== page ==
To provide a stable level of communication at such a distance, the uplink carrier wave frequency should equal 2114 MHz. Reverse communication (from Earth to Voyager) occurs when Voyager receivers are synchronized with the frequency of the uplink carrier by phase. Then, the probe converts it into a two-way coherent downlink carrier signal and sends it back to Earth using transmitters operating in the X and S frequency bands.

scheme of the outgoing beam width of the Voyager space probe
The direction of the outgoing signal from Voyager in the X and S frequency bands

Radioisotope thermoelectric generators power the AC source that feeds each subsystem. For the proper communication of the spacecraft with the Earth, the usage of radio frequencies with minimal technogenic interference is necessary. 

What’s wrong?

On May 18, NASA admitted that the Voyager 1 spacecraft began experiencing problems determining its position in space. The telemetry data that the spacecraft was transmitting to Earth through its Articulation and Control Relationship System (AASC) had nothing to do with Voyager’s estimated trajectory and flight speed. The module started sending randomly generated spatial coordinates back to Earth, and NASA became seriously concerned.

Today, we know the failure that occurred in the AASC system did not provoke the transfer of the spacecraft to “safe mode.” Having entered this mode, Voyager would only perform basic functions, while NASA engineers would have had time to figure out exactly what happened to it. 

The fact that Voyager 1 is still traveling along its initial path is indirectly indicated by the stability of the radio signal emitted by the probe. The spacecraft has not faded and is still operating at the specified operating frequencies. All this can indicate only one thing – the antennas of Voyager 1 are still pointed to Earth, which means that its course has not changed. 

It is worth noting that the device is currently approximately 14.5 billion miles from Earth. Given the enormity of the distance, it takes more than 20 hours and 33 minutes for light to reach Voyager 1 from Earth, so the full cycle of signal reception-transmission takes almost two days. Currently, the apparatus continues to move away from the solar system at a speed of 48,280 km/h, constantly increasing the time required to communicate with it.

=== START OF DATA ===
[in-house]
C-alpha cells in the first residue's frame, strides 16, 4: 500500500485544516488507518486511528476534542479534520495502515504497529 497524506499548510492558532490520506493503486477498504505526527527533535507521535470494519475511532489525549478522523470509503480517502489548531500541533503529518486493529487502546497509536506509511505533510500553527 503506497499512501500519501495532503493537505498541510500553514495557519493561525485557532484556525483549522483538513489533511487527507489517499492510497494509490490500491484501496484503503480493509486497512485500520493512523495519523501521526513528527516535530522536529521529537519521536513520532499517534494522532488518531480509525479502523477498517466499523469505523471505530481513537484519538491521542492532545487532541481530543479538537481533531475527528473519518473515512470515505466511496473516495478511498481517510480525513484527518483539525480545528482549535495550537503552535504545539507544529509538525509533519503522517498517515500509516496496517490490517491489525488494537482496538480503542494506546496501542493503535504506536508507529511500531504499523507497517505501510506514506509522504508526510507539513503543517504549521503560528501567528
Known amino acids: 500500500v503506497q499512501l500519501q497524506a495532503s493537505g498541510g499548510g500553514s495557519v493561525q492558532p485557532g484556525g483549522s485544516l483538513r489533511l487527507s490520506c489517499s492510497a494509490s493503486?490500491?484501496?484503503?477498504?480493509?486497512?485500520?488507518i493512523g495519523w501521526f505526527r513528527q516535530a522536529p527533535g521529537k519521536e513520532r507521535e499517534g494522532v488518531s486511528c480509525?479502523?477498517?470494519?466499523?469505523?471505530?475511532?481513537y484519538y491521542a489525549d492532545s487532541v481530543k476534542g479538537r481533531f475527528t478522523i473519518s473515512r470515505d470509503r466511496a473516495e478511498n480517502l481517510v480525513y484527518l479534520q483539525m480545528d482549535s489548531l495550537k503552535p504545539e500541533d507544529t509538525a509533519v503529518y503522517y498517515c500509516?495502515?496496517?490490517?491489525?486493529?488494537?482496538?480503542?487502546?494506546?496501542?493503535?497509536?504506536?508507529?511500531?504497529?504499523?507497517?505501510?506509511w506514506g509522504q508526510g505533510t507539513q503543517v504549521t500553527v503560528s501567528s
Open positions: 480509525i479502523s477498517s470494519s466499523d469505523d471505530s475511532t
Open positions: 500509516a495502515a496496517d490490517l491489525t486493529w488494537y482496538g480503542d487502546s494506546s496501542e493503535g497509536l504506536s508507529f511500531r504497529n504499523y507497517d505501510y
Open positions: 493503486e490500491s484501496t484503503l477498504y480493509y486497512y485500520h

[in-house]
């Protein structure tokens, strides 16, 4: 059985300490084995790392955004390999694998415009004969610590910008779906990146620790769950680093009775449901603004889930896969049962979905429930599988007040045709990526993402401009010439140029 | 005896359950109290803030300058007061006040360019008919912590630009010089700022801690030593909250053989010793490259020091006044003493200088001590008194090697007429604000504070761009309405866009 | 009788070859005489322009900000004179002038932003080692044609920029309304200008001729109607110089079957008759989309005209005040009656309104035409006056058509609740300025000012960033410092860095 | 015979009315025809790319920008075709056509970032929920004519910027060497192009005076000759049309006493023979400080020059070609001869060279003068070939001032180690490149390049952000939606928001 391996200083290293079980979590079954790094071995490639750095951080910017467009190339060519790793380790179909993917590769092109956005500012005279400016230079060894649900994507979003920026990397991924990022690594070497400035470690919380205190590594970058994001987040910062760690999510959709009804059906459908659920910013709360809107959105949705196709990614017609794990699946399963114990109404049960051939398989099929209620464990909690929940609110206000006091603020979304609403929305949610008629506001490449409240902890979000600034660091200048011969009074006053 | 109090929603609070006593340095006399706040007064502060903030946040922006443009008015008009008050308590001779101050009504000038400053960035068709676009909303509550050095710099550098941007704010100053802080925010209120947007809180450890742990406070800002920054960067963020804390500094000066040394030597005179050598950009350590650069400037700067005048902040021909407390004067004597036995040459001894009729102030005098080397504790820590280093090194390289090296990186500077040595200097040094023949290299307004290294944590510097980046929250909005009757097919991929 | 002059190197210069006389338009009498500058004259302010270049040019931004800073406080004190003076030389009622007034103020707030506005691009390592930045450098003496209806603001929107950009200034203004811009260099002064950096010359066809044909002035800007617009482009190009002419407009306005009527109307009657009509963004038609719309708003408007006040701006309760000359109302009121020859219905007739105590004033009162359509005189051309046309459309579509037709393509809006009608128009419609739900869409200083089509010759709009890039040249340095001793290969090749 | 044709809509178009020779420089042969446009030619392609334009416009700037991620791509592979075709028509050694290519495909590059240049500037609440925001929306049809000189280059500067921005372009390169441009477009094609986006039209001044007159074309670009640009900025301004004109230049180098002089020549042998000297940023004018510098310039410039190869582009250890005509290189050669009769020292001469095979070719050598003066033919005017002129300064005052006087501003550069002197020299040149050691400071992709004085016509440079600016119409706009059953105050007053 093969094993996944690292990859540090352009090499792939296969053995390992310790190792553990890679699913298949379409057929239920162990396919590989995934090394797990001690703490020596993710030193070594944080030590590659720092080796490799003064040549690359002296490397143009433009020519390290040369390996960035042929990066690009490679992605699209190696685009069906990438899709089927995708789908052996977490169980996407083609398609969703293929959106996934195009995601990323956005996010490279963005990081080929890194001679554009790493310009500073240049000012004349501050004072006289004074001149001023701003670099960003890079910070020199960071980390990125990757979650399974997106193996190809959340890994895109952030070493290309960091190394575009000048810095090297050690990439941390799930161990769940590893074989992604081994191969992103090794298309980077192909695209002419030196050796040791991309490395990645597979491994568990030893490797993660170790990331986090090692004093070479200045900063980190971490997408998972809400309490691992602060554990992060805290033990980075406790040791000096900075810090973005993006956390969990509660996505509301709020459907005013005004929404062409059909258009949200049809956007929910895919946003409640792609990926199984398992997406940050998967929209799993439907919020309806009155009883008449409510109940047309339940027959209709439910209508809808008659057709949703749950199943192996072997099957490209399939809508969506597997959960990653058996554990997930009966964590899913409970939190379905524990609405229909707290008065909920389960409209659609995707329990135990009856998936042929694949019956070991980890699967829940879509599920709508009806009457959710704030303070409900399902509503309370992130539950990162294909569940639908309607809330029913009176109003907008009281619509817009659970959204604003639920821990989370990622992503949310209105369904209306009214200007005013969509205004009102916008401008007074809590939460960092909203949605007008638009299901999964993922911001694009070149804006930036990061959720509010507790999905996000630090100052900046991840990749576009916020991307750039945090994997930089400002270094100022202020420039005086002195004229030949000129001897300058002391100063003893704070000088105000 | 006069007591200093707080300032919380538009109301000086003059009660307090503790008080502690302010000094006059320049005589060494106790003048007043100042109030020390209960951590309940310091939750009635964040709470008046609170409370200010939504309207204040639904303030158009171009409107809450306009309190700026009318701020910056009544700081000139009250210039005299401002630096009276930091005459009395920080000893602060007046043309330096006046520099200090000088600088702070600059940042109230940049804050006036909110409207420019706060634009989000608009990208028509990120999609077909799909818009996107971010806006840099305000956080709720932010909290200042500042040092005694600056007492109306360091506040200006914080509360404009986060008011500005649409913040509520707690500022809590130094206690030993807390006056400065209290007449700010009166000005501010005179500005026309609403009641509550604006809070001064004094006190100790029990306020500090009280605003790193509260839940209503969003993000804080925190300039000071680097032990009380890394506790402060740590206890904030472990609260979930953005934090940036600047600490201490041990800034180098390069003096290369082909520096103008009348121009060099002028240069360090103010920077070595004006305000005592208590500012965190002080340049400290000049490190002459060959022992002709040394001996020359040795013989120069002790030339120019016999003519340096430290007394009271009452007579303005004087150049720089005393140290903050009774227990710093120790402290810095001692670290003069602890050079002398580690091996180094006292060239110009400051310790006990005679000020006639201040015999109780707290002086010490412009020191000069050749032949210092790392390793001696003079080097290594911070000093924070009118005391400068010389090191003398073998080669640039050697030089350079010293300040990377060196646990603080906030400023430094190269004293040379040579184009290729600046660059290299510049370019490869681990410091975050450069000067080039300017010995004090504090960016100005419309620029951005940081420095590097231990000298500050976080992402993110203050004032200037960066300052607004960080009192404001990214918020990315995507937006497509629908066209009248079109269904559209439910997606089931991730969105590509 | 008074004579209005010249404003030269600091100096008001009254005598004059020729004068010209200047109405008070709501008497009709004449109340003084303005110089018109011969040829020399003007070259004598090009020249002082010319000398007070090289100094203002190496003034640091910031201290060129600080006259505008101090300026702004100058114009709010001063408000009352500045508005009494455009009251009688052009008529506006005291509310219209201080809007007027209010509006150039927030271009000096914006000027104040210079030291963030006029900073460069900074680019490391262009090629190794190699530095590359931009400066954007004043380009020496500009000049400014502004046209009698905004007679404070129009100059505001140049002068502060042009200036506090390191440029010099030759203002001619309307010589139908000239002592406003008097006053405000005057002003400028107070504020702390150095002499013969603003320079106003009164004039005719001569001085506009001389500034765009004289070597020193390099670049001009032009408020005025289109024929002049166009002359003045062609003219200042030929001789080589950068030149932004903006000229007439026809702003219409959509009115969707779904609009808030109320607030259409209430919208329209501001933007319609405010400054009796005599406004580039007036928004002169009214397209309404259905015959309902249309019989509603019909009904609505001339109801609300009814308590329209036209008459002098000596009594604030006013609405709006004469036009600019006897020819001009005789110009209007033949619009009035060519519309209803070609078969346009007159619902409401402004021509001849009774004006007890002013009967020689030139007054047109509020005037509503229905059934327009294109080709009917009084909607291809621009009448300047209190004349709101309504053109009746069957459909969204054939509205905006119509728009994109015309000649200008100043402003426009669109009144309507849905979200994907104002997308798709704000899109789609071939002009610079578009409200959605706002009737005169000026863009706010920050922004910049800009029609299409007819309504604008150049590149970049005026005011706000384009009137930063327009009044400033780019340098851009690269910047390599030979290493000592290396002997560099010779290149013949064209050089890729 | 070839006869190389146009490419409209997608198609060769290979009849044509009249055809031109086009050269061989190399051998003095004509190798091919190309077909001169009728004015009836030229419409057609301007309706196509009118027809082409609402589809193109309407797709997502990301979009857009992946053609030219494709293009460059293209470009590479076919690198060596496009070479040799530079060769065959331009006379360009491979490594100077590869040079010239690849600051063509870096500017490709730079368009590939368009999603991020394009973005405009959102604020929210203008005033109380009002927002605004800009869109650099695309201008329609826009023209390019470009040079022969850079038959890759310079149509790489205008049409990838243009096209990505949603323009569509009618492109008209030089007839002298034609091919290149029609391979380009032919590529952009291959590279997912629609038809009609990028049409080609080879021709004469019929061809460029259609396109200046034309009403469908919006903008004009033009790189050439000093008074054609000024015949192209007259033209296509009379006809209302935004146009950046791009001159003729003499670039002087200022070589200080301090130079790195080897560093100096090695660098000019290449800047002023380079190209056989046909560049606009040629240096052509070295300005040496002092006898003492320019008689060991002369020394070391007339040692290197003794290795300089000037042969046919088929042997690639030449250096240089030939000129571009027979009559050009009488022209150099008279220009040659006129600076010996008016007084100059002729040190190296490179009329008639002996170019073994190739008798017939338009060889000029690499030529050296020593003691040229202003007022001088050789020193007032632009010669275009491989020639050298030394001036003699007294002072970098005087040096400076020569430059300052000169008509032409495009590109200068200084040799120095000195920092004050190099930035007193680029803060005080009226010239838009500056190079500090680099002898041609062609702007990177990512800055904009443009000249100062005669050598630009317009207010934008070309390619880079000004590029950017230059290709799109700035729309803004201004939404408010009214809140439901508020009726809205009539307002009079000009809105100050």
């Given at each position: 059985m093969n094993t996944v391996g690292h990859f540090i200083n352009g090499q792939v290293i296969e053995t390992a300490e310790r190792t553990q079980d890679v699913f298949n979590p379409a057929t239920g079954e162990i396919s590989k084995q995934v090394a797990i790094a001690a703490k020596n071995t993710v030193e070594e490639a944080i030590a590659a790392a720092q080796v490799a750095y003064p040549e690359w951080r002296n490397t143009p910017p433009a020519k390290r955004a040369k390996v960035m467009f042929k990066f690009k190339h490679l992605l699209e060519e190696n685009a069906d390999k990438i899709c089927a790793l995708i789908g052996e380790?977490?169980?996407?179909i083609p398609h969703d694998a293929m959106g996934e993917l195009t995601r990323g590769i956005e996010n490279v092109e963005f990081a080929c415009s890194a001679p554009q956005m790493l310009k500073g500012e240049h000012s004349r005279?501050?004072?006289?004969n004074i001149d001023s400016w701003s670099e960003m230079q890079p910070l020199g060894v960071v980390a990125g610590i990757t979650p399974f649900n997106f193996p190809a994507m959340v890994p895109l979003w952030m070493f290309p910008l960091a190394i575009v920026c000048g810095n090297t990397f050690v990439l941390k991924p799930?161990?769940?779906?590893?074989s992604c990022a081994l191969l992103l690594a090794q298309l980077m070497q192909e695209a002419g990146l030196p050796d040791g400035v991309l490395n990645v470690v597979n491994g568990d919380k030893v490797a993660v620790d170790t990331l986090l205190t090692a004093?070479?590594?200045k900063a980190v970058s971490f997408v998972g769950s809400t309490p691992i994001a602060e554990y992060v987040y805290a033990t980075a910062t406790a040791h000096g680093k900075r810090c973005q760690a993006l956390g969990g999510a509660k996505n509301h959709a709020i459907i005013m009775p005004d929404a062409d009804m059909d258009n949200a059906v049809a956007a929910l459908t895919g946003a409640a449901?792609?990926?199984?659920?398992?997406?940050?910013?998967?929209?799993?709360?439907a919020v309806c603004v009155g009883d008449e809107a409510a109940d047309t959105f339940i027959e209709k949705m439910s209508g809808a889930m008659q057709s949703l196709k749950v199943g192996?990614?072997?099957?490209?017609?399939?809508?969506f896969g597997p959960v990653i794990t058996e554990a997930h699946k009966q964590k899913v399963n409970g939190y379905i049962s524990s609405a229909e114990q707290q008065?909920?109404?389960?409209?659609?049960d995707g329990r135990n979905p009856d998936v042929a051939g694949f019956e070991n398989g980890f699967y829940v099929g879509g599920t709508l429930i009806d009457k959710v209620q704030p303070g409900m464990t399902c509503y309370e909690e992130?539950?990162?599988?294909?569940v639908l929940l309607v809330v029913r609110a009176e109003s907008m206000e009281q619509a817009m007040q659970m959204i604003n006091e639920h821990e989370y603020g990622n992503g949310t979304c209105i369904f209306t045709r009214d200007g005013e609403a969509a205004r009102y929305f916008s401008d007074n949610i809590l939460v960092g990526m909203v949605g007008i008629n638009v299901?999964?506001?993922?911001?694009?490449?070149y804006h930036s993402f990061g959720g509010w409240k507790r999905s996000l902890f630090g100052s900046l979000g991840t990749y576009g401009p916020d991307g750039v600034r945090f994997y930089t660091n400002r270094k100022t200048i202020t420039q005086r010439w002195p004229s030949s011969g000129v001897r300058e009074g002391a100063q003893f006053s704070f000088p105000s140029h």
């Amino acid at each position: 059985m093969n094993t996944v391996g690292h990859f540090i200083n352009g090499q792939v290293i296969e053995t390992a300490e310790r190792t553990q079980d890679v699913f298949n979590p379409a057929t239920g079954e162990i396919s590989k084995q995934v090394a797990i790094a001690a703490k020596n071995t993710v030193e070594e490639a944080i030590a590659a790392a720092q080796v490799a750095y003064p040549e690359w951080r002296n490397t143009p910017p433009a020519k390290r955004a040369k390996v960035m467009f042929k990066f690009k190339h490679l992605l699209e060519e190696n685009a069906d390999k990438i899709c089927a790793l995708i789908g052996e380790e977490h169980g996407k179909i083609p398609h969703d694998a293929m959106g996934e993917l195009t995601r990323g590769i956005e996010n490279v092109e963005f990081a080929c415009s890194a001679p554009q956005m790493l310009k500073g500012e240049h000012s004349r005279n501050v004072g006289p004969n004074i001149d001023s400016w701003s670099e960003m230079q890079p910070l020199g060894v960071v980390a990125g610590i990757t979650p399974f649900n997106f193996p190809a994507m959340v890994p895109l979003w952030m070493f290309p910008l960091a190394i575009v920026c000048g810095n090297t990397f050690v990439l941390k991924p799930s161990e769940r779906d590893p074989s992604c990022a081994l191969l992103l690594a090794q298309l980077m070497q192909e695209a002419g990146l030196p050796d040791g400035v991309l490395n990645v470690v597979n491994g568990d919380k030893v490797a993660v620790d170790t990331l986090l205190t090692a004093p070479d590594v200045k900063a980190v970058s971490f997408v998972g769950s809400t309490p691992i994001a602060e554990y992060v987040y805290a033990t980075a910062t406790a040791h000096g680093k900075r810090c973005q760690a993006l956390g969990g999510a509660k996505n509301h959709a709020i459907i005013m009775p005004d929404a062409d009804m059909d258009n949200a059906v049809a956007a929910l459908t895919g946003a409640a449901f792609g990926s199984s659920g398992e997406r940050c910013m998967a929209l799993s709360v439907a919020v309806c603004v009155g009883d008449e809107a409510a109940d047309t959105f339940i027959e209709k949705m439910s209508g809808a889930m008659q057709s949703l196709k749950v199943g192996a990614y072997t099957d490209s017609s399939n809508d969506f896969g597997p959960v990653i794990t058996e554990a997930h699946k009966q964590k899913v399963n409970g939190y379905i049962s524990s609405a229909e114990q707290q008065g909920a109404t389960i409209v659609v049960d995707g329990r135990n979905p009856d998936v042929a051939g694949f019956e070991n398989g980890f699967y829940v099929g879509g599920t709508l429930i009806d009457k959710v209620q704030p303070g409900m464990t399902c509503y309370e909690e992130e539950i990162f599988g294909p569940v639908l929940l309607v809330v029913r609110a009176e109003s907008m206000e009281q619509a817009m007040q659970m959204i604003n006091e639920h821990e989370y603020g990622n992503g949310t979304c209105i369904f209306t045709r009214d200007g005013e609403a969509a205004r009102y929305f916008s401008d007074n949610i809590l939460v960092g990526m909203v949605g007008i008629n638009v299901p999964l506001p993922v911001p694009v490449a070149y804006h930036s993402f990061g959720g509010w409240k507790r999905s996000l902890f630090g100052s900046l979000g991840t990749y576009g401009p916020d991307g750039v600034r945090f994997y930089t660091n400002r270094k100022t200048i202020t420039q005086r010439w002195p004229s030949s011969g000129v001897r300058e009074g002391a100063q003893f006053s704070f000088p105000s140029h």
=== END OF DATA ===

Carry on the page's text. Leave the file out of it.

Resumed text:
graphic format of Voyager 1 trajectory
The trajectory of Voyager 1 beyond the edge of the solar system
A short hyphen showing the spacecraft’s 45-year voyage

Susan Dodd, chief project manager for both Voyagers, was reticent about the situation, noting that at this stage of the mission, such issues are not surprising, as both Voyagers have long exceeded their operational lifespan. Dodd also added that the anomaly in the telemetry systems of Voyager 1 could have been caused by the constant impact of cosmic radiation on the probe. 

However, the NASA team in charge of communications with Voyager 1 keeps a cool head. “I think that if there is a way to solve this problem with AACS, our team will find it,” Dodd notes. A possible solution could be changing the AASC software or restarting the entire space positioning system, using one of Voyager’s redundant hardware systems.

Despite the mystery of Voyager 1’s telemetry systems, NASA experts remain optimistic. They admit that even if the AASC system on Voyager-1 will not get back to the norm, the unit will still be able to operate only until 2025 when the radioisotope thermoelectric generators will exceed their useful life and no longer be able to generate enough electricity to operate the probe’s scientific equipment. 

Nevertheless, both Voyagers and their crew have already done too much to become part of human history in space forever. We will discuss the results of each probe’s space missions in the other two articles in our triptych on the 45th anniversary of the Voyager space program.